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I don't understand the love for Atlantic Station - every time I go there I see practically no one on the street. No one on the balconies, either - on a pleasant saturday night. It just seems so sterile. Contrast this to Virginia Highlands which is bustling with pedestrians and a wide variety of shops and restaurants.
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Old 11-15-2010, 09:00 PM
 
Location: Atlanta
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Quote:
Originally Posted by creeksitter View Post
I don't understand the love for Atlantic Station - every time I go there I see practically no one on the street. No one on the balconies, either - on a pleasant saturday night. It just seems so sterile. Contrast this to Virginia Highlands which is bustling with pedestrians and a wide variety of shops and restaurants.
Oh yea... I was having a conversation about that on another forum. They did some wonderful things, but the dropped the ball on some others.

1) Lack of a small neighborhood park (usable green space)

2) Lack of neighborhood retail in the residential area
I would have made some small outdoor cobblestone public plazas at 17th & Mecaslin st (pizza shop, coffee shop, dry cleaners, laundramat... just the typical neighborhood things)

I think it will be better when the beltline is built out and it would be an easy walk down 17th to it. I think it will become a little better with age when they aren't so big on rules and regulations on private retail development. I think they purposely didn't want a happening night life, so much as a nice retail center. They are trying to sell the area to office developers and condo builders still.

But still... it is impressive considering it took a contaminated steel mill site...cleaned it... raised neighboring property values, added living space for 10,000 people, space for 5.4 million sq ft of Class A office space (only 1.4 built so far.. they might not achieve 5.4 as they gave up one plot of land to a huge condo tower), space for 5 hotels, and 100 retail shops.

I think the big failing point is the area they call the commons (around the big retention pond) was divided between 4 different residential infill developers. They did this to make sure the residential units would end up being more unique from building to building, but it about killed any chance of neighborhood retail.

For those non-Atlanta people... Here is the area we are talking about.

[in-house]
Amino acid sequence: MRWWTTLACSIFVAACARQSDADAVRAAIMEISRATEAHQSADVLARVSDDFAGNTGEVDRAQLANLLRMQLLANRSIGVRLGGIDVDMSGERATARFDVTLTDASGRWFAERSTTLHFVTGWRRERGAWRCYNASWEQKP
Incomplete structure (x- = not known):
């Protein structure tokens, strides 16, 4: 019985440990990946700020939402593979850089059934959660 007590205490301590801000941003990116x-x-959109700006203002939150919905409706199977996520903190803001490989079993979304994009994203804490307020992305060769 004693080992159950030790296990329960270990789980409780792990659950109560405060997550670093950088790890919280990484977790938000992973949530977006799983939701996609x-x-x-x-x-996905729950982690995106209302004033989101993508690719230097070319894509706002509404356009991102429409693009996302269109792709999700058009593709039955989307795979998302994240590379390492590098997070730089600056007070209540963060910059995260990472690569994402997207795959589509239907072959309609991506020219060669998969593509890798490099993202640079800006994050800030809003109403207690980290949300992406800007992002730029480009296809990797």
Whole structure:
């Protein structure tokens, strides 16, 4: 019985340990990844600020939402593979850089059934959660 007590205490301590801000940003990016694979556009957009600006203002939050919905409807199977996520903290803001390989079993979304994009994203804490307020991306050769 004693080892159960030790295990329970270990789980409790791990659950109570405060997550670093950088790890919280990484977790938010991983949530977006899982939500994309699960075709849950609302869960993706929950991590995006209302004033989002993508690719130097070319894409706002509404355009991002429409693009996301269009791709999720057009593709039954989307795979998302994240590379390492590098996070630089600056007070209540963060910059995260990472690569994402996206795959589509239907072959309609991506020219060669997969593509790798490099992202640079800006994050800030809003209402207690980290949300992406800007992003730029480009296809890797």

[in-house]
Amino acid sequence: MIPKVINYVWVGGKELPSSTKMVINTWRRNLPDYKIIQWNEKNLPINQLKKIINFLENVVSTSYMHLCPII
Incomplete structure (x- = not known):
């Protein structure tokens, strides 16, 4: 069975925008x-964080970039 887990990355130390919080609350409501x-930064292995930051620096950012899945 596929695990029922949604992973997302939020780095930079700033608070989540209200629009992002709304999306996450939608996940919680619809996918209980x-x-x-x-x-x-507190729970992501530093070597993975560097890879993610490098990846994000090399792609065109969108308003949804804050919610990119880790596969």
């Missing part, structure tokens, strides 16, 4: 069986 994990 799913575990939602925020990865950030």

(atlanta, ga - Google Maps) (Atlantic Station® - Life Happens here.)
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Old 11-15-2010, 09:50 PM
 
Location: ITP - City of Atlanta Proper
6,558 posts, read 6,908,554 times
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Quote:
Originally Posted by creeksitter View Post
I don't understand the love for Atlantic Station - every time I go there I see practically no one on the street. No one on the balconies, either - on a pleasant saturday night. It just seems so sterile. Contrast this to Virginia Highlands which is bustling with pedestrians and a wide variety of shops and restaurants.
I'll give you no one hardly on the balconies (most of the residential units in the District area are unoccupied) but "practically no one on the street"? Unless you are there early in the morning, I'm not sure what you are talking about. The District always has a good bit of people walking around during the work day, at night, and especially on the weekends. I like the vibe of Va-Hi better, but I don't think it's out of the question to say that Atlantic Station has a lot more pedestrians:


http://www.youtube.com/watch?v=Zk0M3XzuMAw


http://www.youtube.com/watch?v=R83nIeCK9ts


http://www.youtube.com/watch?v=t4CkXBYMhJo

Quote:
Originally Posted by cwkimbro View Post
But still... it is impressive considering it took a contaminated steel mill site...cleaned it... raised neighboring property values, added living space for 10,000 people, space for 5.4 million sq ft of Class A office space (only 1.4 built so far.. they might not achieve 5.4 as they gave up one plot of land to a huge condo tower), space for 5 hotels, and 100 retail shops.
I definitely agree with this. Atlantic Station is far from perfect (in fact there are certain things about the place that really annoys me just from being a resident of the city), and a lot of that has to do with certain things that were standard about designing large developments like this "back then". But most of these problems can be resolved with some retrofitting and are not insurmountable.

The psychological aspect of the project and the effect it had on the City of Atlanta is something that people often discount. While Metro Atlanta has been growing at a break neck speed going from 2 million people 40 years ago to nearly 6 million people today, during the same period up until 2000, the city proper had been losing population. In 1970, the city had a population of 490,000 and over the next three decades lost 150,000 residents to white flight and deindustrialization (the Atlantic Steel mill was one of the most visible signs of the city's past). While there had been gentrification in the city and modest rise in population in the late 1990s, it seemed the city's population was destined to continue to decline. With the boldness of the Atlantic Station project though, and it's ability to delivery of most of it's promises, this fueled a literal boom of development in the city that say not only the city regaining all of the population it had lost since the peak population in 1970, but gain an additional 120,000 residents just from infill alone...not by annexation which is usually the way most cities have done in recent history. This means the city has become denser and more urban friendly and most of that thanks can go to projects like Atlantic Station.

On top of that, it is just a testament to the project itself given what it replaced as you mentioned. Next time anyone is in Atlantic station, they should keep in mind that just 10 years ago it was just an old steel mill and literal toxic waste dump that looked like this:




Atlanta Artists To Watch | Art21 Blog


Atlantic Steel

Atlantic Station could have been two houses and a yo-yo monument and still would have been an improvement over the dump that used to be there.